UC or collaboration?

And what does it mean for IT?

Unified Communications (UC) and collaboration can often be confused with one another. For sure, there are overlaps, and stakeholders often fail to draw a distinction. But is there one, and should IT teams care?

The reason it’s important to differentiate UC and collaboration is to avoid overlapping functionality and to get the most from your valuable budget. As more solutions become bundled, the lines between UC and collaboration blur.

The differences between UC and collaboration

The main reason why the two become blurred is the way that users interact with the platforms. For instance, email is a communication tool that facilitates dialogue between different people. But the way emails are transmitted clearly brackets it as a communication tool, because it’s an outbound message send as opposed to fostering any real collaboration.

By contrast, collaboration is an environment in which users work together towards a specific outcome or project. This can be a finance team working with legal and compliance to plan for an audit, or corporate management working together on different iterations of a business plan. Sending emails back and forth with edits risks overlapping changes, and is a sub-optimal way of reaching the objective.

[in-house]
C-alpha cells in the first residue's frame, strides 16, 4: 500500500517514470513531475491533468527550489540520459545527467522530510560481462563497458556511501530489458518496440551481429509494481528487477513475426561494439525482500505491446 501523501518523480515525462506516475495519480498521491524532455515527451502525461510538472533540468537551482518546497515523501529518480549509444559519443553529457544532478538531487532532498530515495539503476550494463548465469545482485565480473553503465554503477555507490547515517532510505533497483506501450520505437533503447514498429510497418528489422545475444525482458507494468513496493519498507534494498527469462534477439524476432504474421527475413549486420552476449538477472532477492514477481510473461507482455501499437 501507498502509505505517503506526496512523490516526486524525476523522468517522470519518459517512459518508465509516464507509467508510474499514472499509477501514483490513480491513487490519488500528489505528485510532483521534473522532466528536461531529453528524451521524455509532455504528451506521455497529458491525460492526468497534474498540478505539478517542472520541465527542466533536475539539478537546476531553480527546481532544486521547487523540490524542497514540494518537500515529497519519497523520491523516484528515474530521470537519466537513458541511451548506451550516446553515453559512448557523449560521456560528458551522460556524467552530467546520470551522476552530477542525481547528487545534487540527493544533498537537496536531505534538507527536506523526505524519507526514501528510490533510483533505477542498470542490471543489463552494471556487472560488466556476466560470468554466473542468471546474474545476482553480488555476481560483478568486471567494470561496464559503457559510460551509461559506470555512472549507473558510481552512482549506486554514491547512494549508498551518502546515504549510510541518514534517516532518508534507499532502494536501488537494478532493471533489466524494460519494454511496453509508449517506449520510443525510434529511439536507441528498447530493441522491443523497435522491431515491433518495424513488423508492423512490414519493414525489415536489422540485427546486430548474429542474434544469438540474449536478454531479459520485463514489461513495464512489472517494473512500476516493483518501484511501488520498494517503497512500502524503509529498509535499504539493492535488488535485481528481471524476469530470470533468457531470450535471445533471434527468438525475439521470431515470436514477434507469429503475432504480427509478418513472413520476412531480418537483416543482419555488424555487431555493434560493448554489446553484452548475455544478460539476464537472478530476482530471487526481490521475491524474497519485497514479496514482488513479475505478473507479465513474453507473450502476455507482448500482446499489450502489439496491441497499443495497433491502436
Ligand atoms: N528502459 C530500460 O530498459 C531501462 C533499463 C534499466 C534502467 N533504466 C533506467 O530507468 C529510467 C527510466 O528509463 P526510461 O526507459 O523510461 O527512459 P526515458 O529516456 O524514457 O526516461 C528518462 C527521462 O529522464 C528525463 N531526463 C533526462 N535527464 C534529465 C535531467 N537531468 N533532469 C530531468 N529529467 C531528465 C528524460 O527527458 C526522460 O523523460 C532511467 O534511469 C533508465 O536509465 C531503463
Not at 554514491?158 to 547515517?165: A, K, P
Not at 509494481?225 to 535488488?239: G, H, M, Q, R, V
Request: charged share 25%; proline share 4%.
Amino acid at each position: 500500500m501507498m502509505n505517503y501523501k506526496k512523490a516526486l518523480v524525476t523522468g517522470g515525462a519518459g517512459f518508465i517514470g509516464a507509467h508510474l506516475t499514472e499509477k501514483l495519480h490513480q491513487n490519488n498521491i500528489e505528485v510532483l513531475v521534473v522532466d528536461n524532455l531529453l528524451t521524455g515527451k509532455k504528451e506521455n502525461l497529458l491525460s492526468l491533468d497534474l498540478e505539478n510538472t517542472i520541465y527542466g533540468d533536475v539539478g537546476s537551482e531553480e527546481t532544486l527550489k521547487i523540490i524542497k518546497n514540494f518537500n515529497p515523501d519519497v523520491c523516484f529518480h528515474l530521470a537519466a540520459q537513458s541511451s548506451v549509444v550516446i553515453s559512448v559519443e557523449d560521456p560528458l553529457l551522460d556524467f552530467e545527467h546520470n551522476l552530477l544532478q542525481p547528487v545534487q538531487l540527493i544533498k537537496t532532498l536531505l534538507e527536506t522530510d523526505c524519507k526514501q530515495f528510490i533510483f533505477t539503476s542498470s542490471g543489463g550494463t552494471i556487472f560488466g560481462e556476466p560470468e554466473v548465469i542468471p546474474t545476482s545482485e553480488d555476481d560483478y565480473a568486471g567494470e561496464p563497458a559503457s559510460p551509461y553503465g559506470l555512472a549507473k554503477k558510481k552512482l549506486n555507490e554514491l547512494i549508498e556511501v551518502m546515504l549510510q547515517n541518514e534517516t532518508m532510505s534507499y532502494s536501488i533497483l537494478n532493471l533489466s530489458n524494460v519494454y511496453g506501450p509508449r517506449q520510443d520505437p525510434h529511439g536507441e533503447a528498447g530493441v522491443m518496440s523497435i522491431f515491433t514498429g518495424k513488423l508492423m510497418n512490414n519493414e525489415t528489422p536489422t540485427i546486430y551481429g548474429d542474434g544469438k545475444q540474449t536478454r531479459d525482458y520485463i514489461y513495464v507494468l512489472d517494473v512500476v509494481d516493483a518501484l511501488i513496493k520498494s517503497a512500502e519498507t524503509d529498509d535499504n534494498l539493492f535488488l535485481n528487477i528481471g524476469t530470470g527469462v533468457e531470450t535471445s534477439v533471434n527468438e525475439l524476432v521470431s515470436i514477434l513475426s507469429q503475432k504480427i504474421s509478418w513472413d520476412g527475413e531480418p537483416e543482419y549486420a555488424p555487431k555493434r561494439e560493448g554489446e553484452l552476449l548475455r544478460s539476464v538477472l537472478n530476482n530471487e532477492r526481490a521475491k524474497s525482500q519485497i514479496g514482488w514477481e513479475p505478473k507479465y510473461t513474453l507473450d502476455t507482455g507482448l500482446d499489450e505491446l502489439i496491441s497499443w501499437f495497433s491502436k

Working in a cloud-based collaboration environment such as Microsoft Teams or Google Workspaces enables users to make edits in real time, and to tag other group members for input or approval. The key distinction with this mode of working is that communication can take place without collaboration, but not vice versa.

What does this mean for IT?

This is not to make a case for collaboration tools over communication tools, it is to point out the differences and advantages of both. Delving deeper into both types of tool will help IT support the business needs in the most efficient way possible.

As the default communication platform for many organisations, UC is on the “business critical” level. If it goes down, the whole company’s productivity can be negligible until services are restored. As a result, the back-end of a UC architecture often comprises either sole or multi-vendor UC platforms, private branch exchange, endpoint devices and peripherals, communication gateways, and various control units.

▶️ Read more about UC in this section of the MYREDFORT Community, for all the insights and tools you need to know to adopt, or refine, your UC architecture.

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